All Tech Actually Means All HighTech
WYOMING — The Michigan Economic Development Corp. feels that one of the leading uses for information technology is in the state’s manufacturing sector.
If that is the case, then All Tech Engineering is one of the state’s most innovative and successful IT users.
Ask anyone at the Wyoming firm and they’ll tell you that what they do is use the latest high-tech components for pure engineering purposes, as All Tech designs and builds custom machinery for manufacturers in four different fields.
And the young company, which turns 13 later this year, has experienced some dramatic growth recently, especially last year when most of the business world was stuck in reverse because of the recession.
In fact, the firm has grown so much that elbowroom is rare.
All Tech moved into a new 34,000-square-foot facility in October 2000. The plant was designed so it could be expanded later, something company owner Bruce Bunker felt might happen by 2005. Well, the company ran out of room last November, only a year after moving in and four years ahead of its timeline.
But soon the robotics- and automation-systems maker will have another badly needed 38,000 square feet to design and build in, as Wolverine Building General Contractors will double the firm’s workspace.
“We’re out of room. They say the steel will be in on March 25th and that we’re going to be in by June first,” said Todd Vriesenga, sales engineer for All Tech.
“The minute they get that concrete laid, we’re moving into it. If not, we’re going to start storing projects in the parking lot.”
So how has All Tech beat the bad economy? First, by taking a hard look at itself, and second, by finding a silver lining in the cloudy national business forecast that it saw.
“We have a broad customer base and broad internal skill sets,” Vriesenga said.
“We have experts in anything from robotics and welding to high-speed bowl-fed assembly equipment and heat staking,” said Vriesenga, “so we can do plastics and light assembly or heavy welding.
“As for the depiction of the slowed economy we’ve been hearing about, I guess I see it as a time of opportunity for smaller companies,” he added.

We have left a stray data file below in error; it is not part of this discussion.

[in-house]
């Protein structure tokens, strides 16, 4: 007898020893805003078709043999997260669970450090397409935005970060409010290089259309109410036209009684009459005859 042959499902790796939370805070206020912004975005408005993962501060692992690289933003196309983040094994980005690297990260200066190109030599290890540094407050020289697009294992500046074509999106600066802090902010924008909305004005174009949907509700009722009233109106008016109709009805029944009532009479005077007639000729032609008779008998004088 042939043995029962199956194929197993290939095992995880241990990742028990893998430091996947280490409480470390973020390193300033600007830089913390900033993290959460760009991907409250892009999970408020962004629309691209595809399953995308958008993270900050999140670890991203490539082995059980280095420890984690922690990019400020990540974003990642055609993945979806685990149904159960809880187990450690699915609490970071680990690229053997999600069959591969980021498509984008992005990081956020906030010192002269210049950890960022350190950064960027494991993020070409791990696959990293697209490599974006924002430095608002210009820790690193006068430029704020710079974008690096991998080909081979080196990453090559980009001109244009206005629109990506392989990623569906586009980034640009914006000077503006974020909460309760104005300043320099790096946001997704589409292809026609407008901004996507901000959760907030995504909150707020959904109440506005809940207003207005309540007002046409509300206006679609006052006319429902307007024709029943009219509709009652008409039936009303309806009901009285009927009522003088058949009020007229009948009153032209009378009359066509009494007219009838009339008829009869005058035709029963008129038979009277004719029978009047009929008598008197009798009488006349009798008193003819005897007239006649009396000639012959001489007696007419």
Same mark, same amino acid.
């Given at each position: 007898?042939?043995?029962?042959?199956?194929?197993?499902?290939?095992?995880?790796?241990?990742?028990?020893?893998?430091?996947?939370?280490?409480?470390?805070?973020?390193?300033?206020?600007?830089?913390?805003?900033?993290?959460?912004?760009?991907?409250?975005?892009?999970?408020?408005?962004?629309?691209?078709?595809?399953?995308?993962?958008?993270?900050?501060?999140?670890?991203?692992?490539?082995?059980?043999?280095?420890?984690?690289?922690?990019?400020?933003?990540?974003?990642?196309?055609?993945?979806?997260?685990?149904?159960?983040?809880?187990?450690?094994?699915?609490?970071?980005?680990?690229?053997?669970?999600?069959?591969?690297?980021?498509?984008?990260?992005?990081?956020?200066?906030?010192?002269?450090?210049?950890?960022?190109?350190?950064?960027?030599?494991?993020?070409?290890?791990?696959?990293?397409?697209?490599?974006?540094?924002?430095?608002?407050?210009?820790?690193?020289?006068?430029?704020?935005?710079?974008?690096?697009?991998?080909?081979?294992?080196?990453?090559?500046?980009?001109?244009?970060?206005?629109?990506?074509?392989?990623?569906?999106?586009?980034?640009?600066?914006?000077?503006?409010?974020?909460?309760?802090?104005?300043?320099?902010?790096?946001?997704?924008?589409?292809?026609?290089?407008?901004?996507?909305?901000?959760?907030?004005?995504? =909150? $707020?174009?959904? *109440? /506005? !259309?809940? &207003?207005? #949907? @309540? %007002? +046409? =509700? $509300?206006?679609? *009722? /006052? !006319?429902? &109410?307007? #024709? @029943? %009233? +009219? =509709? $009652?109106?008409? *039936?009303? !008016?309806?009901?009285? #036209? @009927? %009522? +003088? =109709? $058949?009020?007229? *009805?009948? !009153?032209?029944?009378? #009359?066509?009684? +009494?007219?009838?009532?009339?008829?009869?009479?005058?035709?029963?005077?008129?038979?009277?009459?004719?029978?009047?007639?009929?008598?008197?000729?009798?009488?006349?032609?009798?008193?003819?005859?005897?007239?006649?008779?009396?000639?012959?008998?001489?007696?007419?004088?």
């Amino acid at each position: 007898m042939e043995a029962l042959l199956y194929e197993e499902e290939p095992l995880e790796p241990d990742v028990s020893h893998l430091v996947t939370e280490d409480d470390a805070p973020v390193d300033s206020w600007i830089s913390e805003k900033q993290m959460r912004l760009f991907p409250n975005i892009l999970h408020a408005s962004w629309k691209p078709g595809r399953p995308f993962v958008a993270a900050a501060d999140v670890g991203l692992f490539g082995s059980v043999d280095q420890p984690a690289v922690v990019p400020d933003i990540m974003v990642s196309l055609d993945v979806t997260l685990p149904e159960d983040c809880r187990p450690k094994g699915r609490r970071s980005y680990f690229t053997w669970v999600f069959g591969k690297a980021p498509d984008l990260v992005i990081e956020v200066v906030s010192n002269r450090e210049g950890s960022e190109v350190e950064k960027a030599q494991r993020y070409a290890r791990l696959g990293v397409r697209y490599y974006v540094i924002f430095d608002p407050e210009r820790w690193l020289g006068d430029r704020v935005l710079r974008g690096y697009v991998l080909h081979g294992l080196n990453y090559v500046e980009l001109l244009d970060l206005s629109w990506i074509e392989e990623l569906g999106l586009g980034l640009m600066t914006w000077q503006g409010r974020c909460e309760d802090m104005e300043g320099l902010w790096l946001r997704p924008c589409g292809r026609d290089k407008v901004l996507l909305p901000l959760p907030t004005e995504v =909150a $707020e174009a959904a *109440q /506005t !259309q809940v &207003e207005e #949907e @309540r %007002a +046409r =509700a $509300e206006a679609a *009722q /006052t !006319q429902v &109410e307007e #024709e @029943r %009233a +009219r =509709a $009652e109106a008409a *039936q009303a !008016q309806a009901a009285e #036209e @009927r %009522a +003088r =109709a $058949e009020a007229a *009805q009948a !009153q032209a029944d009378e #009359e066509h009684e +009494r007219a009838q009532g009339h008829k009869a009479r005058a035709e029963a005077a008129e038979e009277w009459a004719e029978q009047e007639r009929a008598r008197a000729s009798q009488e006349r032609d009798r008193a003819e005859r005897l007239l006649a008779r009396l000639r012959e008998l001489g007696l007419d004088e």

“If they’ve been conservative with their overhead and hold decent equity, a slowdown can be a time to excel and further develop a niche.”
All Tech has developed those niches in the appliance, automotive, office furniture and medical industries.
Vriesenga said the firm’s current hot market is with automakers, as the demand for recreational vehicles remains strong. A hot product is the company’s robotic weld cells, which are used to weld just about everything onto a vehicle.
Another is its flexible automation assembly lines.
“We send parts around on these little palettes and as these parts, or palettes, encounter automated stations, they’re automatically stopped, identified and then work is done to them. Some stations are heat staking. Some stations are gauging and checking,” said Vriesenga.
“Then we automatically label and package the equipment, all without human intervention, all robotically.”
Vriesenga said All Tech has kept a close eye on the changes in technology because if the company blinks, it could miss an advancement and another firm could gain ground on All Tech.
He said there aren’t any new breakthroughs in his field right now. But a number of refinements are being made to the current stock of hardware and software the firm uses, especially in the CAD/CAM area.
“The biggest thing is reducing cycle time from cradle to grave, conception to completion,” he said. “We design everything in a 3-D, solid-based, parametric modeling system.
“From there, we develop computer-generated tool paths where we can load our stock right into our CNC mills, and a program is basically fed to the mill and that part is cut, using that computer-generated math data,” explained Vriesenga.
“So, it doesn’t require a person to sit there, measure, turn a crank and slowly whittle away a part. It cuts a lot of cycle time out. It reduces labor costs and it produces a better product for the customer because it takes the element of human error out of it.”
Vriesenga has been with All Tech as an employee for slightly more than a year, but he has a longer track record with the firm.
Vriesenga owned Perceptive Concepts, a design shop in the former Middleton Music building on Plainfield Avenue, and his firm did a lot of work for All Tech. In fact, he said All Tech was his best customer. But last year, Vriesenga and his crew joined All Tech and now the firm does everything in-house.
Perceptive specialized in mechanical design and now that All Tech has that group on board, the company is currently expanding on its controls design department.
Overall, All Tech has grown between 15 to 20 percent for each of its last dozen years. The firm started small, but now has about 50 employees.
“We’re one of the largest automation houses in the West Michigan area, and from what I’ve been told by our vendors, we’re probably the busiest. We feel fortunate to be so busy,” said Vriesenga. “It’s the right place, the right time and right group of people, and we’re really excited about it.”